The northern part of Dagestan was overrun by the Huns, followed by the Eurasian Avars. Known as Sarir, this Avar-dominated medieval Christian state lasted from the fifth century to the twelfth century in the mountainous Central Dagestan highlands. Its name is derived from the Arabic word for “throne” and refers to a golden throne which was viewed as a symbol of royal authority.
Sarir neighbored the Khazars to the north, the Alans to the east, the Georgians and Derbent to the south. As the state was Christian, Arab historians erroneously viewed it as a dependency of the Byzantine Empire. The capital of Sarir was the city of Humradzh, tentatively identified with the modern-day village Khunzakh. The king resided in a remote fortress at the top of a mountain. Due to Muslim pressure and internal disunity, Sarir disintegrated in the early twelfth century, giving way to the Avar Khanate. By the fifteenth century, Albanian Christianity had died away, leaving a tenth century church at Datuna as the sole monument to its existence.
An approximate map of the cultures in European Russia at the arrival of the Varangians in the ninth century.
Khazaria, also known as Khazar khaganate or Khazar khanate was the country of the Khazars, neighboring the Byzantine Empire in the southwest, Kievan Rus’ in the northwest, Volga Bulgaria in the north, and Azerbaijan in the southeast. This Turkic people adopted Judaism in the eighth or ninth century, becoming the only Jewish state ever without Abrahamic descent. As an independent state, Khazaria existed between about 652 and 1016. Its supreme ruler was known by the title khagan. Its last khagan was named George Tsul. Much of Khazaria was covered by steppe land. Khazaria bordered the Caspian Sea and Black Sea. The Volga River (known as Atil) passed through eastern Khazaria.
The Avar Khanate was a long-lived Muslim state which controlled Central Dagestan from the early thirteenth century to the nineteenth century. Following the downfall of the Christian kingdom of Sarir in the early twelfth century, the Caucasian Avars, who had migrated there from Khwarezm, underwent a process of peaceful Islamization.
Military tensions escalated in 1222, when the region was invaded by the pagan Mongols under Subutai, the primary strategist and general of Genghis Khan. Although the Avars pledged their support to Muhammad II of Khwarezm in his struggle against the Mongols, there is no documentation for the Mongol invasion of the Avar lands.
The Khanate of Avaristan survived Tamerlane’s raid in 1389.
As the Mongol authority gradually eroded, new centres of power emerged in Kaitagi and Tarki. In the sixteenth and seventeenth centuries, legal traditions were codified, mountainous communities (djamaats) obtained a considerable degree of autonomy, while the Kumyk potentates (shamhals) asked for the Tsar’s protection.
In the eighteenth century, the steady weakening of Tarki fostered the ambitions of the Avar khans, whose greatest coup was the defeat of the 100,000-strong army of Nadir Shah of Persia in September 1741. Avar sovereigns managed to expand their territory at the expense of free communities in Dagestan and Chechnya.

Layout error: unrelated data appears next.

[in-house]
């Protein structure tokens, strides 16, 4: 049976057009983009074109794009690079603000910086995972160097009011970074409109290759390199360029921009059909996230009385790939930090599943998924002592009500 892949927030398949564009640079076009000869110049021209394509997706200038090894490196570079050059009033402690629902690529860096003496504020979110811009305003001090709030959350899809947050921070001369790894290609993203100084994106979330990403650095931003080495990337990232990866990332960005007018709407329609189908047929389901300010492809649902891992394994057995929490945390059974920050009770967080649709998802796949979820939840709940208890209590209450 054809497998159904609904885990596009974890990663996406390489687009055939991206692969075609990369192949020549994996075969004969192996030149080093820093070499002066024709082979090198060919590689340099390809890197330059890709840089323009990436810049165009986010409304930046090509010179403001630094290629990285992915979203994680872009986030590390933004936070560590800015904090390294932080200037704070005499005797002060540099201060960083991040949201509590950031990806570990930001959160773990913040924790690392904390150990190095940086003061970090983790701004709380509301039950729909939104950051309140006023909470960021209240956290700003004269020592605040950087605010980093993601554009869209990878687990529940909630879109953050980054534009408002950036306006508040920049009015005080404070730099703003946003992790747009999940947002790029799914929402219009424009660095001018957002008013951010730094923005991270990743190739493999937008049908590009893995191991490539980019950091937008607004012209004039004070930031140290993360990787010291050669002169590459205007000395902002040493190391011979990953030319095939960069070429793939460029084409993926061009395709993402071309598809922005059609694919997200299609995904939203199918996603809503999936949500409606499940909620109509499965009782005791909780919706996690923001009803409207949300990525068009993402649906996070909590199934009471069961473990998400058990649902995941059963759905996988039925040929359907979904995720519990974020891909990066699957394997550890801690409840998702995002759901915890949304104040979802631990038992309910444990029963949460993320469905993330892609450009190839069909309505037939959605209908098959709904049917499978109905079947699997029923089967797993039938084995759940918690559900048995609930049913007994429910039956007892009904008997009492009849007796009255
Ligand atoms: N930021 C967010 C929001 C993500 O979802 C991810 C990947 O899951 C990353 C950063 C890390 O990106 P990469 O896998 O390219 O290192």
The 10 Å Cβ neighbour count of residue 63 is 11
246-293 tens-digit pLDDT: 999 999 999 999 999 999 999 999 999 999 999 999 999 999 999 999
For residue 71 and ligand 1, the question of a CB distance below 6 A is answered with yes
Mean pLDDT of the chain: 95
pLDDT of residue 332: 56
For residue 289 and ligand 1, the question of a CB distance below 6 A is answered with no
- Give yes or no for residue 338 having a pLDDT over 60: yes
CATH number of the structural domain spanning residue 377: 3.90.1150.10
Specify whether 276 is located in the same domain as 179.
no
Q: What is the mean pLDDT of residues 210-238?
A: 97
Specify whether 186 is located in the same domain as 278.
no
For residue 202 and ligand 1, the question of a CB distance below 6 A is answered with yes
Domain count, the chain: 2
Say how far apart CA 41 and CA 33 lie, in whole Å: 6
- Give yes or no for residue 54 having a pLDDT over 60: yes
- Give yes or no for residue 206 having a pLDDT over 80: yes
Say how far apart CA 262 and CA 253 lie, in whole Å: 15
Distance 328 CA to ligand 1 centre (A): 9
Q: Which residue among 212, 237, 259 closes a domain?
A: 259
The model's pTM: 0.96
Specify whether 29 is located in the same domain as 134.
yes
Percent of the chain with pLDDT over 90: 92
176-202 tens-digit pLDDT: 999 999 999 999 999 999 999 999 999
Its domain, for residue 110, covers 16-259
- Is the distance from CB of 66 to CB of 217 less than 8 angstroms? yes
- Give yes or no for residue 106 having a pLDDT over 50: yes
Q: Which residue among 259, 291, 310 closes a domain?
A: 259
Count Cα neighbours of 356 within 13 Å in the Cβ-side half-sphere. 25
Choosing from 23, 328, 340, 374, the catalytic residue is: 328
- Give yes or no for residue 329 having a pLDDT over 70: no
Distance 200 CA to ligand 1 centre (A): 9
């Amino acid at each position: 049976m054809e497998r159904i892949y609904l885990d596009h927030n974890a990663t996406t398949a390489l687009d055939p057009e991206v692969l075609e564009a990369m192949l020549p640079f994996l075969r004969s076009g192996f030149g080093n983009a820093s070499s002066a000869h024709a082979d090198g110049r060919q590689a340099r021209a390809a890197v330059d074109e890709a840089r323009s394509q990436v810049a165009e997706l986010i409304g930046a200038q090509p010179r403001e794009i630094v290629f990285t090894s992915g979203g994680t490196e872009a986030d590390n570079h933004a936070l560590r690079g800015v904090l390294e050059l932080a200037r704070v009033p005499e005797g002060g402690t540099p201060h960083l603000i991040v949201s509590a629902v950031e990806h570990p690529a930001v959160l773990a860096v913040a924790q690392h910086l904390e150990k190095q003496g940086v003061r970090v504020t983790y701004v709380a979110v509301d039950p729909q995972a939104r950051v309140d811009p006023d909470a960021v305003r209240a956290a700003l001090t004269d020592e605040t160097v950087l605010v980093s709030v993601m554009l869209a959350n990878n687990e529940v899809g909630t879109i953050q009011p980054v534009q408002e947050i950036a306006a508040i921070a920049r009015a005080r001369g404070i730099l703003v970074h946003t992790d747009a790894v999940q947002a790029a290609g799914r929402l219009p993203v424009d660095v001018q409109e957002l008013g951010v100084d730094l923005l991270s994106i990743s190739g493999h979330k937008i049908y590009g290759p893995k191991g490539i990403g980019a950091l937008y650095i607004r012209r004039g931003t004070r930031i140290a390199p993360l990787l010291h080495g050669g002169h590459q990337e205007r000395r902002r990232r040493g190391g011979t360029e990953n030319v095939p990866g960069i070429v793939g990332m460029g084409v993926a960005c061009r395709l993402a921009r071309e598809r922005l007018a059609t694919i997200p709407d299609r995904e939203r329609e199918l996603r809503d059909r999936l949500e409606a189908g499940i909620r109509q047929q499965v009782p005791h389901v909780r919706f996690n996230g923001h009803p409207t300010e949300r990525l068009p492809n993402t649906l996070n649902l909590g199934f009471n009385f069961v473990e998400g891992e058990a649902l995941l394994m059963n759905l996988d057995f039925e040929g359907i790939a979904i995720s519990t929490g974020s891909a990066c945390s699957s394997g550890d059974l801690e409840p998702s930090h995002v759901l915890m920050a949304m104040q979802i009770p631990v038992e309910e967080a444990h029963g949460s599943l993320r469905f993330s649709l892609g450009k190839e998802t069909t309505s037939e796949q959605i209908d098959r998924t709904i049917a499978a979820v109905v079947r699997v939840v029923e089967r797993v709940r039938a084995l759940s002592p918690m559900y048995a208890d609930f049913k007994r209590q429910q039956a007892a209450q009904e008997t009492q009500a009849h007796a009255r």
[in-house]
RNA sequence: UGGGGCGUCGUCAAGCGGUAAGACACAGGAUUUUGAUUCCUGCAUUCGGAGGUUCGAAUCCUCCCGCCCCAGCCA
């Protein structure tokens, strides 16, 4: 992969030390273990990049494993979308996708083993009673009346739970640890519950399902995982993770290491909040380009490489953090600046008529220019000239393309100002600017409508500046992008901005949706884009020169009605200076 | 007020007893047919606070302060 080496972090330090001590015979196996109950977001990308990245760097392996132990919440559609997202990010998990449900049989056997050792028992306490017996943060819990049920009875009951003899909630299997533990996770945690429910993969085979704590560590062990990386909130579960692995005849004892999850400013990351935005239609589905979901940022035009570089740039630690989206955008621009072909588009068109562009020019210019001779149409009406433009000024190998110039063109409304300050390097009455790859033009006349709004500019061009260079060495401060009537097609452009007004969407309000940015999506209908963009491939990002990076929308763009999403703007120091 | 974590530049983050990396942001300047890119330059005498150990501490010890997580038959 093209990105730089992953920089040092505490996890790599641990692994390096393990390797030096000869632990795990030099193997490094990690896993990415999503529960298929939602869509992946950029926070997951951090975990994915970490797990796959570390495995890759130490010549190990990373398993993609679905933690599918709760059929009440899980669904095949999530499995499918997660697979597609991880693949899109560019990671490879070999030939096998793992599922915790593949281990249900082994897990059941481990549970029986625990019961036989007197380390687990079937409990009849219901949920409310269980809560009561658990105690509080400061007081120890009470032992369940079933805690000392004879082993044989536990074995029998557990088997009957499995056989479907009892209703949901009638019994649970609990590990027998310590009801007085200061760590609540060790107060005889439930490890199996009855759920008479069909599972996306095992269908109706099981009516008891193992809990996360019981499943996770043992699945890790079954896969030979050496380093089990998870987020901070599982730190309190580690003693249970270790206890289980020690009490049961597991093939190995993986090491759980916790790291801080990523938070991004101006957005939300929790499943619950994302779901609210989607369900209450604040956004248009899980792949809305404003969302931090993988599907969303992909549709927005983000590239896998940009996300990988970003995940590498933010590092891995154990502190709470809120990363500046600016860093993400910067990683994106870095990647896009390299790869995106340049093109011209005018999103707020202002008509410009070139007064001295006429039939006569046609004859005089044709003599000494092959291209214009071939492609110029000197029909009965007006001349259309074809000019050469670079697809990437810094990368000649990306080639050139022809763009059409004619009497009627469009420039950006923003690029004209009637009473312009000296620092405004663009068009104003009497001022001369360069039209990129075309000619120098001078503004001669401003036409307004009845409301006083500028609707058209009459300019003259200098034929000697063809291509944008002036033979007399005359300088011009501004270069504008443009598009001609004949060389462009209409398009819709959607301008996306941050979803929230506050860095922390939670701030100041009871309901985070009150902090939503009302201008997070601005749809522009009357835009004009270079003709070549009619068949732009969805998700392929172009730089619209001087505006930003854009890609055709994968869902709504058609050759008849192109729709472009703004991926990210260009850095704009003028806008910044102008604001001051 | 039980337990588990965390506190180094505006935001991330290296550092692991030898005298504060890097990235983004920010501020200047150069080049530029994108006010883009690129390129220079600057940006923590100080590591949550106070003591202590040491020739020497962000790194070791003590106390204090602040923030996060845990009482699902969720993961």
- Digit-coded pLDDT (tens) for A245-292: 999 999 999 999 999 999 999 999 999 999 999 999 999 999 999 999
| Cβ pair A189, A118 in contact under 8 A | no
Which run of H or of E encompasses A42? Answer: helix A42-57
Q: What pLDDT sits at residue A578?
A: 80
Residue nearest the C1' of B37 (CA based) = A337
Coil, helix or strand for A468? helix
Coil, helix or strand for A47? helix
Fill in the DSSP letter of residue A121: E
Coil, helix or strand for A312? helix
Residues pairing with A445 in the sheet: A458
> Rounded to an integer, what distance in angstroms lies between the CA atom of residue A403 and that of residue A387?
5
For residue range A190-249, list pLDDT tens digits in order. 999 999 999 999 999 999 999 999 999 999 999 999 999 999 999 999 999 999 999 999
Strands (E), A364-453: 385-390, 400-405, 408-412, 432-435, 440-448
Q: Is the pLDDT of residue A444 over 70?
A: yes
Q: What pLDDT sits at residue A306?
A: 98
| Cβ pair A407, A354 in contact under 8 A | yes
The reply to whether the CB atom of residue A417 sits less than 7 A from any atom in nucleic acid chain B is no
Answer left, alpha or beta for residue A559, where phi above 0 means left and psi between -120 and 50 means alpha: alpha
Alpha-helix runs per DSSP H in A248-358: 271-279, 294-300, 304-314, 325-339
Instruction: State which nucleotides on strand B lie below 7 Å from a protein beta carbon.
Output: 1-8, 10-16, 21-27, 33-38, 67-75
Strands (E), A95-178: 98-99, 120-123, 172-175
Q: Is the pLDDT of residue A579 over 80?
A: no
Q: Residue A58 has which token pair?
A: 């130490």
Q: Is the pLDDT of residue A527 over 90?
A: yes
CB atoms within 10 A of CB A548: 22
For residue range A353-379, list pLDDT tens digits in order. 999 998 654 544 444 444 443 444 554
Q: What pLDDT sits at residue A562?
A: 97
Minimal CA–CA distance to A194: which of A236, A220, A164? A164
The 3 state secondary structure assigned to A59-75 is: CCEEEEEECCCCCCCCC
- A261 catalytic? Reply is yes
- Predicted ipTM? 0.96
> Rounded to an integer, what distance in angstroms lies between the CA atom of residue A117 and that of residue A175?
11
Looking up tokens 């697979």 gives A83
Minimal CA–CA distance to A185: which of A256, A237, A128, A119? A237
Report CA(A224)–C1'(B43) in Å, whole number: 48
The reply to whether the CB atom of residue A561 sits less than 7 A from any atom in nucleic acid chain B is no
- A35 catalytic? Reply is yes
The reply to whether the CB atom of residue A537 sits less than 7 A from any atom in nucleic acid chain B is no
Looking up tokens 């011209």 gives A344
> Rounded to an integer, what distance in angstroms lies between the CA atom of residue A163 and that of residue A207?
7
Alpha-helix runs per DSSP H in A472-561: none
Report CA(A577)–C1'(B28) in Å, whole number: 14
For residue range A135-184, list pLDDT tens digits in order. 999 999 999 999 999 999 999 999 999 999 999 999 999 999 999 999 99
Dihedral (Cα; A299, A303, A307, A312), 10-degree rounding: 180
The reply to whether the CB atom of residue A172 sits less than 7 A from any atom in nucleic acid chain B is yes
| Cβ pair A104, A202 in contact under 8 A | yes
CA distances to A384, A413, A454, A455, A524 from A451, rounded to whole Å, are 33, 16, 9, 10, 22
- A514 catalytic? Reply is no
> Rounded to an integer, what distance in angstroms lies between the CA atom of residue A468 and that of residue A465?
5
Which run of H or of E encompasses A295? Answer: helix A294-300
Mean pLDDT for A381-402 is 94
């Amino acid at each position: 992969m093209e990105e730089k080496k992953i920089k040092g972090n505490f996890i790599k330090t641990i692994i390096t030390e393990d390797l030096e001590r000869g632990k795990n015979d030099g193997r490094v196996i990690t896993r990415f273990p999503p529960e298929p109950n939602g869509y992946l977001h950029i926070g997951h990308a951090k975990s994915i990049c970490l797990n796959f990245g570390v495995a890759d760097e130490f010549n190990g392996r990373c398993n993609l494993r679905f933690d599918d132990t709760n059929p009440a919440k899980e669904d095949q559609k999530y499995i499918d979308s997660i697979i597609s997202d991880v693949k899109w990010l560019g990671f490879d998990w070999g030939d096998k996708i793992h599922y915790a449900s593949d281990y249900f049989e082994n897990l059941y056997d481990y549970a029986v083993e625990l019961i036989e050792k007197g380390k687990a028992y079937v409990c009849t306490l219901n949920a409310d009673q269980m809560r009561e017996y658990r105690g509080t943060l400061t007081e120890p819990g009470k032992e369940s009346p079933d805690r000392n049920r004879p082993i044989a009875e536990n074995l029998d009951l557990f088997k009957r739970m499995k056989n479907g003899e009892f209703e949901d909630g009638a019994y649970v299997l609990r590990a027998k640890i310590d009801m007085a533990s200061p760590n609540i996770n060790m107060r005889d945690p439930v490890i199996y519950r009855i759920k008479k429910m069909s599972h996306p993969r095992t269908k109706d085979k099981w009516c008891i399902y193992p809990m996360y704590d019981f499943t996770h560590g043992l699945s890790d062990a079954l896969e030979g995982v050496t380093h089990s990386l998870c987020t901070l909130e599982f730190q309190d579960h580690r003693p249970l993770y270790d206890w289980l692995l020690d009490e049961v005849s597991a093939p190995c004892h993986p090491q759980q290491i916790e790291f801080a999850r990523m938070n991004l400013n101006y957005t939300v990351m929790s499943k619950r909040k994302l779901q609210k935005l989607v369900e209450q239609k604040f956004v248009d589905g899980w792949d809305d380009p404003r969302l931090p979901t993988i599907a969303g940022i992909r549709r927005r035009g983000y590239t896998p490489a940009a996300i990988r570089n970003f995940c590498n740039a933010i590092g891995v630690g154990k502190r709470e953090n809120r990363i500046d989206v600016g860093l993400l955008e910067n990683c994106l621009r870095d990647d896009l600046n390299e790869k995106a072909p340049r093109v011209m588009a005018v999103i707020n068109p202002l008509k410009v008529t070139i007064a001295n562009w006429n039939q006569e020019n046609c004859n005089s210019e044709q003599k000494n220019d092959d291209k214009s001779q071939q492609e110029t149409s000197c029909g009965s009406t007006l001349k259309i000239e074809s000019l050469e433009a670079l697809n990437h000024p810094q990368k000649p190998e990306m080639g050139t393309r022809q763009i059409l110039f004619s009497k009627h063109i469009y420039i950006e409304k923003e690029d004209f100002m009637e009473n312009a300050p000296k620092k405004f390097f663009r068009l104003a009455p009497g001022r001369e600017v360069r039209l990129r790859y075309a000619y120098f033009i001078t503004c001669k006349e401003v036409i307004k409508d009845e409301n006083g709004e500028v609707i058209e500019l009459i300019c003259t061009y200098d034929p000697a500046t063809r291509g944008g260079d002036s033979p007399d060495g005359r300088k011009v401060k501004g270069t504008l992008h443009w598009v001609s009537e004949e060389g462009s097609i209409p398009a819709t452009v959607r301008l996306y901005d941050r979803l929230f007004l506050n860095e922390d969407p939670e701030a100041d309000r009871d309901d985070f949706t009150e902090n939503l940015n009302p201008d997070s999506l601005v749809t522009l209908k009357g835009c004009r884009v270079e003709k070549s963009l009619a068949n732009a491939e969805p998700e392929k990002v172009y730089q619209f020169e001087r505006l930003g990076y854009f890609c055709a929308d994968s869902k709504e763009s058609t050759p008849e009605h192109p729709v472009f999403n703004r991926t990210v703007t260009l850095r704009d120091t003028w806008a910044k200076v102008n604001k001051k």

The reign of Umma-Khan (1774-1801) marked the zenith of the Avar ascendancy in the Caucasus. Among the potentates who paid tribute to Umma-Khan were the rulers of Derbent, Shaki, Quba, Baku, Shirvan, Akhaltsikhe, and even Erekle II of Georgia.
Russia-Persia borders before and after the treaty.
Dagestani man, photographed circa 1909 to 1915 by Prokudin-Gorskii and reproduced through digichromatography.
Leaders of the MRNC with prime minister Tapa Tchermoeff front row center.
Russians intensified their hold in the region in the eighteenth century, when Peter the Great annexed maritime Dagestan in the course of the First Russo-Persian War (1722-23). Although the territories were returned to Persia in 1735, the Persian Expedition of 1796, resulted in the Russian capture of Derbent in 1796.
In 1803, within two years after Umma-Khan’s death, the khanate voluntarily submitted to Russian authority, but it took Persia a decade to recognize all of Dagestan as the Russian possession (Treaty of Gulistan in 1813). Yet the Russian administration disappointed and embittered freedom-loving highlanders. Heavy taxation, coupled with the expropriation of estates and the construction of fortresses, electrified the Avar population into rising under the aegis of the radical Muslim Imamate, led by Ghazi Mohammed (1828-32), Gamzat-bek (1832-34), and Shamil (1834-59).
The Caucasian Wars of 1718–1864, was a series of military actions waged by the Russian Empire against a number of territories and tribal groups in Caucasia including Chechnya, Dagestan, and the Adyghe (Circassians) as Russia sought to expand southward. The Russian invasion was met with fierce resistance, notably led by Ghazi Mollah, Gamzat-bek and Hadji Murad.
Imam Shamil followed them. He led the mountaineers from 1834. In 1845, Shamil’s forces achieved their most dramatic success when they withstood a major Russian offensive. Imperial Russia was distracted by the Crimean War (1853–1856). The Caucasian War raged until 1864, when Shamil was captured, when the Avar Khanate was abolished, and the Avar District was instituted instead. Shamil remained the figurehead of Dagestani nationalism.
In the Russo-Turkish War (1877-1878), Russia sought to gain access to the Mediterranean Sea by capturing the Balkan Peninsula from the Ottoman Empire. Dagestan and Chechnya profited from this to rise against Imperial Russia for the last time.
During the Russian Civil War (1917-1922), the region became part of the Republic of the Mountaineers of the North Caucasus (1917–1920), a short-lived state situated in the Northern Caucasus, later forming the republics of Chechnya, Ingushetia, North Ossetia-Alania, and Dagestan, of the Russian Federation. With a population of about one million, its capital was initially at Vladikavkaz, then Nazran and finally Buynaksk.
After more than three years of fighting White movement reactionaries and local nationalists, the Dagestan Autonomous Soviet Socialist Republic (ASSR) was proclaimed on January 20, 1921.